Can we do more to assess whether hard lockdowns work? As it happens, we can. Again, the focus is temporal, on timing, on the shape of the curve over time, rather than the numbers themselves. We are now far enough away from the peak of the epidemic to have a good enough idea of the shape and timing of the epidemic curve of deaths. We also have a better idea of the incubation period, and, for fatal cases, the time from illness onset to death. Give or take a few days — estimates do vary, and some quote a mean, others a median — the incubation period is around four to five days, and the onset to death period is around (this frequently quoted study is based on small numbers from China early on in the pandemic) eighteen days. Let us say then that a reasonable estimate of the time from infection to death in fatal cases is around twenty one days, or three weeks. Of course there will considerable variation for individual cases, but that’s OK, we just need a good enough estimate of usual illness onset to death interval.
This means that we can re-plot deaths shifted back three weeks in time to get a reasonable idea of the date of infection curve for those who died. This is not perfect: as already noted, there will be individual variation, and furthermore there is a marked selection bias, in that we have selected only those who died. Nonetheless, it is not unreasonable to assume that infection in those who subsequently died paralleled all infections; and we could even go further and say that these data are both the most robust available (because they are death based) and furthermore these patients, the ones with serious and ultimately fatal disease, are the ones in which we are most interested. We can then add a line to the chart, marking the day lockdown was introduced. Figure 2 shows this, using NHS England data for hospital deaths.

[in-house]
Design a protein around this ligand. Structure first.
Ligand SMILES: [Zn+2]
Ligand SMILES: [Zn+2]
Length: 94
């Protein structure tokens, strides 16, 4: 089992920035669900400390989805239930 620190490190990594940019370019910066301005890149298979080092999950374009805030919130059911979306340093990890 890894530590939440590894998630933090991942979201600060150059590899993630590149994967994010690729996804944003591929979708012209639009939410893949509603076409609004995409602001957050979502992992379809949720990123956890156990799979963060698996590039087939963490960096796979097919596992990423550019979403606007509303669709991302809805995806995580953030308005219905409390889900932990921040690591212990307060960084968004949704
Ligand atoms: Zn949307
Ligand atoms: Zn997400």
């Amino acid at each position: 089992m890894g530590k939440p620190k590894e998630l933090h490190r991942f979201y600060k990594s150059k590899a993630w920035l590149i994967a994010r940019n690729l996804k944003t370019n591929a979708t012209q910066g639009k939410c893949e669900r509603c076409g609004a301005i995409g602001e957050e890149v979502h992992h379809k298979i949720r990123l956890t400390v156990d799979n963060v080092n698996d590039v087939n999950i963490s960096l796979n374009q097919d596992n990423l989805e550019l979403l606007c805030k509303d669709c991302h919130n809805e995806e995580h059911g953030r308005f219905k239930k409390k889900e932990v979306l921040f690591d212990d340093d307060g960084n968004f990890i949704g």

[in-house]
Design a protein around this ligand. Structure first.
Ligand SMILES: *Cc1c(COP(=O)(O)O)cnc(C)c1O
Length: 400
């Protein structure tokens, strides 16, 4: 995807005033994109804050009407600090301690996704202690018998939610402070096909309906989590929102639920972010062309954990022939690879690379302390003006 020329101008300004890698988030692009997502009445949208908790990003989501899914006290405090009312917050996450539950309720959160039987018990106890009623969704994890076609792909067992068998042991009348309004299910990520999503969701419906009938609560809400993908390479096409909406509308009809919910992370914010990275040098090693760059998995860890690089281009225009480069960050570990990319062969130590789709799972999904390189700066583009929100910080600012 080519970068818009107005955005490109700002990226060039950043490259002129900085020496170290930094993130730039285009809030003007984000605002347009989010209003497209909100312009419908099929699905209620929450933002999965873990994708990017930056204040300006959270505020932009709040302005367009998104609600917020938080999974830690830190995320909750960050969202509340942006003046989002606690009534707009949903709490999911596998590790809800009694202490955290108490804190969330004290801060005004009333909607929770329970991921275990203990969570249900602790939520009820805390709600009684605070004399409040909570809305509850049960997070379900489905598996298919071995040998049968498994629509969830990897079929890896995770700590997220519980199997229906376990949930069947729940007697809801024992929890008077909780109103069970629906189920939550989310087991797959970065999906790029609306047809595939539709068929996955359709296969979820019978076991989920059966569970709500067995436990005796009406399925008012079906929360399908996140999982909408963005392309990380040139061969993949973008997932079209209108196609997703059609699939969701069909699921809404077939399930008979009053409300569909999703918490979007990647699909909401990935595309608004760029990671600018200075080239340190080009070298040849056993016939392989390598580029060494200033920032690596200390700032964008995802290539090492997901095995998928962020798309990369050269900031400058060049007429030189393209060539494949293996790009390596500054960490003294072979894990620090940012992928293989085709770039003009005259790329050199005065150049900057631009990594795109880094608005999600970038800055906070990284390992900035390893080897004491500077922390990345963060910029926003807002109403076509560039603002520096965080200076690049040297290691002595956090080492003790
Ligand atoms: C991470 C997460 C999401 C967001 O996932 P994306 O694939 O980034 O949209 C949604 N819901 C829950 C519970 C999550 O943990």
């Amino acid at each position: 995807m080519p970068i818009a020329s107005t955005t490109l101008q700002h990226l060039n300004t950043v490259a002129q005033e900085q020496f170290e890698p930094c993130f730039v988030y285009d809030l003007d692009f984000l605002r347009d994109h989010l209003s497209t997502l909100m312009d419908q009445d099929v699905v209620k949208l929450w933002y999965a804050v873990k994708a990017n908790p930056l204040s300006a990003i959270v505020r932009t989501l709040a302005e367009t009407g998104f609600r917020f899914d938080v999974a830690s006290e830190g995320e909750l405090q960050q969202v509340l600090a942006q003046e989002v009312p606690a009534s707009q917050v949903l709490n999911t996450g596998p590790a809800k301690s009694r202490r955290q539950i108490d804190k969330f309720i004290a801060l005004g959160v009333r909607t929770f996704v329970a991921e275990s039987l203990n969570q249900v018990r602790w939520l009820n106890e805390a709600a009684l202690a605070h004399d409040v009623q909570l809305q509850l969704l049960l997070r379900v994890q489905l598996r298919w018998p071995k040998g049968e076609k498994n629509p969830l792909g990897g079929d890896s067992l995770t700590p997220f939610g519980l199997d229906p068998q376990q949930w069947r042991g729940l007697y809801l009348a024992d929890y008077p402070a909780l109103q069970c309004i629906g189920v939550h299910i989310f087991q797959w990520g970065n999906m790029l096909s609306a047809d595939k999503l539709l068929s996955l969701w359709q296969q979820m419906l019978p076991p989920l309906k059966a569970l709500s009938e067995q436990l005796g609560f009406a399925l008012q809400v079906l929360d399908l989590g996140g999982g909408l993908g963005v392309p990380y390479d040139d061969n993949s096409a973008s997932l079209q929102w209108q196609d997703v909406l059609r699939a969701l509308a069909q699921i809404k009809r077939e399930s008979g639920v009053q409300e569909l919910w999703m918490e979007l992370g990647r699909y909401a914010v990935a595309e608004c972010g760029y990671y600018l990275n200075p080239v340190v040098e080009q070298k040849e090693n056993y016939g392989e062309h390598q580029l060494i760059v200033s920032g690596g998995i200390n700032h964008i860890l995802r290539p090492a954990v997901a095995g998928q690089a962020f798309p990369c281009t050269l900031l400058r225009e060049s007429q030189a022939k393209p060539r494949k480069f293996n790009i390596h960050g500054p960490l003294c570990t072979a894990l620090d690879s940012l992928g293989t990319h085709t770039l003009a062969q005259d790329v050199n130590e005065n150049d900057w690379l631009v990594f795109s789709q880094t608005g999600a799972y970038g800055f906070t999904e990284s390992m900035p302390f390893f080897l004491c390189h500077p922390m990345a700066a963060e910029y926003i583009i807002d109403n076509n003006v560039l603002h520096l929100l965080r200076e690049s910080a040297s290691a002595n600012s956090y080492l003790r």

Figure 2: seven day moving average daily hospital covid–19 deaths in England, shifted three weeks to the left, so the curve estimates date of infection, rather than death, for the period 1st March to the end of August, with lockdown day added in red. Source: NHS England.
The peak of deaths happened on or around the 8th April, meaning the peak in infections happened on or about 18th March, which predates the lockdown by almost a week. By the time the lockdown was imposed, numbers were already in steep decline, and furthermore, the gradient of the curve shows no visible change after the lockdown was imposed. This finding is in keeping with another study that used a different methodology, which concluded, ‘The most notable feature of the [England/England and Wales] results is that fatal infections are inferred to be in substantial decline before full lockdown’. This study also includes Swedish data, and, using a slightly different perspective, comes to the same conclusions as Dr No does from Figure 1 above, that, with minor variations, the shape of epidemic curve is the same, with or without lockdown.
Though not by any means infallible, the finding that the peak and subsequent fall in fatal infections predates the hard lockdown, along with findings from Figure 1, are nonetheless the best evidence we have that, whatever caused the number of infections to peak and then fall, it cannot have been the lockdown. If it wasn’t in place, it can’t be the explanation for the peak and subsequent fall. It is possible that soft lockdown measures already in place in the UK before the hard lockdown may have had some effect, or there may be other explanations, or even a combination of explanations, but the one thing we can be reasonably sure about is that whatever it was, it was not the hard lockdown. That makes the hard lockdown the mother of all tin foil hats, one so large it can even be seen from space. Even worse, the harms caused by hard lockdown are so vast they too can be seen from space.